“The year was 1999. Steve Jobs was on stage at Macworld introducing the latest iMac with Firewire, Quicktime and iMovie. He told the faithful that iMovie was going to be to the Mac what desktop publishing had been 15 years earlier. Internally, the whole company — hardware, software, marketing — was aligned with making Macs the best computers for making home movies,” Philip Elmer-DeWitt writes for Fortune.

“Fast forward 14 months and Jobs is on stage telling the faithful he has a new vision for the Mac. It’s called the Digital Hub, and it’s going to start not with movies but with music,” P.E.D. writes. “‘It was a complete change!’ says Ben Thompson, who studied the incident — and interviewed some of the folks involved — as a summer intern at Apple University in 2010.”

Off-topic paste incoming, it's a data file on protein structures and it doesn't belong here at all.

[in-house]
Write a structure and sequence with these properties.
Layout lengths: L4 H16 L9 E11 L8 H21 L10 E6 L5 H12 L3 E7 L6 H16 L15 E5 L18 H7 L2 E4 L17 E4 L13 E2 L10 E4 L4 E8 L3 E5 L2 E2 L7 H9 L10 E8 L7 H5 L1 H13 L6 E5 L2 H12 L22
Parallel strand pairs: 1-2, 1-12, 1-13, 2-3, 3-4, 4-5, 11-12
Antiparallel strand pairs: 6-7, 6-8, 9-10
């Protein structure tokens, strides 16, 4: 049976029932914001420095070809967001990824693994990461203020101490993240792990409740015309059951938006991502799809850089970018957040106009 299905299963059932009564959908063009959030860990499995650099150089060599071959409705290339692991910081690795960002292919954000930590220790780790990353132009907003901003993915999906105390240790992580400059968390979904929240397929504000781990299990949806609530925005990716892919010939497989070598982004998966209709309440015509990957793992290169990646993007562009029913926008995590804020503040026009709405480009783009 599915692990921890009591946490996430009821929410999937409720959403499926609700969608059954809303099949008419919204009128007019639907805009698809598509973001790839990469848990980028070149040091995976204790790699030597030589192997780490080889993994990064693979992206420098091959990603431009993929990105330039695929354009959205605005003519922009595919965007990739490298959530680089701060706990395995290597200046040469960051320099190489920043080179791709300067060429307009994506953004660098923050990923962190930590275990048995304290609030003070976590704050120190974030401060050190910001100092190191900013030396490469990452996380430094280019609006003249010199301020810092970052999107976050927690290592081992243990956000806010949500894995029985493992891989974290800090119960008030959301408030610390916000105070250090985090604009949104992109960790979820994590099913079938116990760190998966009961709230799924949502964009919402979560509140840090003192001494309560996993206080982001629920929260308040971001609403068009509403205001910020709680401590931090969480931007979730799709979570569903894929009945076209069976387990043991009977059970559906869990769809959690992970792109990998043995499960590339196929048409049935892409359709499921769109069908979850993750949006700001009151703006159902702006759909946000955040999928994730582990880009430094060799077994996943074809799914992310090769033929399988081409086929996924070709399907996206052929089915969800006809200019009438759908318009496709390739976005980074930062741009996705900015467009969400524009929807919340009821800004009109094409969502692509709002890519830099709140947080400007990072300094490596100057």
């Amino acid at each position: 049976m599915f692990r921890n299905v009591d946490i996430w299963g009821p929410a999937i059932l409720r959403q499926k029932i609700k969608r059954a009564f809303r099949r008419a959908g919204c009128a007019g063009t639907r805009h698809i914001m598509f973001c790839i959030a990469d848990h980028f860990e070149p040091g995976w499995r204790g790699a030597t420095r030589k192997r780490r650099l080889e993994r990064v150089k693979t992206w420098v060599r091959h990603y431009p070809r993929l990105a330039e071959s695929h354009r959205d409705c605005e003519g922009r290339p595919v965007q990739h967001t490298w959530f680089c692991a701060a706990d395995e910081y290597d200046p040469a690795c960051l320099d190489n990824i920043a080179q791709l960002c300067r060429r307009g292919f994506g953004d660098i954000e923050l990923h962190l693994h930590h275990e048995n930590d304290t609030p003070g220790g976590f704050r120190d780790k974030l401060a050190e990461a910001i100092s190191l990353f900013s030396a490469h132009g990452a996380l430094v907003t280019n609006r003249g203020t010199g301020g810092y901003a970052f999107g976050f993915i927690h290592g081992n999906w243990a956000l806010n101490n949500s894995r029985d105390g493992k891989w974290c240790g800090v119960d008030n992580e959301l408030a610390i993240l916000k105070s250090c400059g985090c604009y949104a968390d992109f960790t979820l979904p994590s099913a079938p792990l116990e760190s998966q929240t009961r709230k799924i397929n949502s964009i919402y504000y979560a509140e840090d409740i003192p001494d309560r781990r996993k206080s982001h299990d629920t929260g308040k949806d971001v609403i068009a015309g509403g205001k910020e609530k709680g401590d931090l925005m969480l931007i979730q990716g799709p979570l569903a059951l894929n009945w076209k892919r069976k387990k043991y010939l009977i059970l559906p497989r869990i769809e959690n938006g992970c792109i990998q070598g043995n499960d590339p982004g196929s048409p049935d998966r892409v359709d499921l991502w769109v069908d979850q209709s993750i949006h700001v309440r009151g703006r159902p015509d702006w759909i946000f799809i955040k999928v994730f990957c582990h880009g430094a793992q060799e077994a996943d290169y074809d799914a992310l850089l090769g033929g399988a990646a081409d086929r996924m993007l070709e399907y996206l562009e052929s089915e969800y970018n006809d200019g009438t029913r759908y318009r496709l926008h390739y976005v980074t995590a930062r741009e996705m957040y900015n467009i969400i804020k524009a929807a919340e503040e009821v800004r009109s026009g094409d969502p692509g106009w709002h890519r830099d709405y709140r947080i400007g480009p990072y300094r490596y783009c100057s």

“Jobs confessed in 2005 that he was blindsided by Napster and the sudden popularity of digital music downloading. ‘I felt like a dope,’ Jobs told Fortune‘s Brent Schlender. ‘I thought we had missed it,'” P.E.D. writes. “Because Apple didn’t have time to build its own music program, the company bought SoundJam — which was adapted and renamed iTunes. Then Apple made a deal with Toshiba for some tiny hard drives, and the iPod was developed in six months.”

Read more in the full article here.

[Thanks to MacDailyNews Reader “Dan K.” for the heads up.]

Related article:
The history of Apple’s iPod – July 26, 2005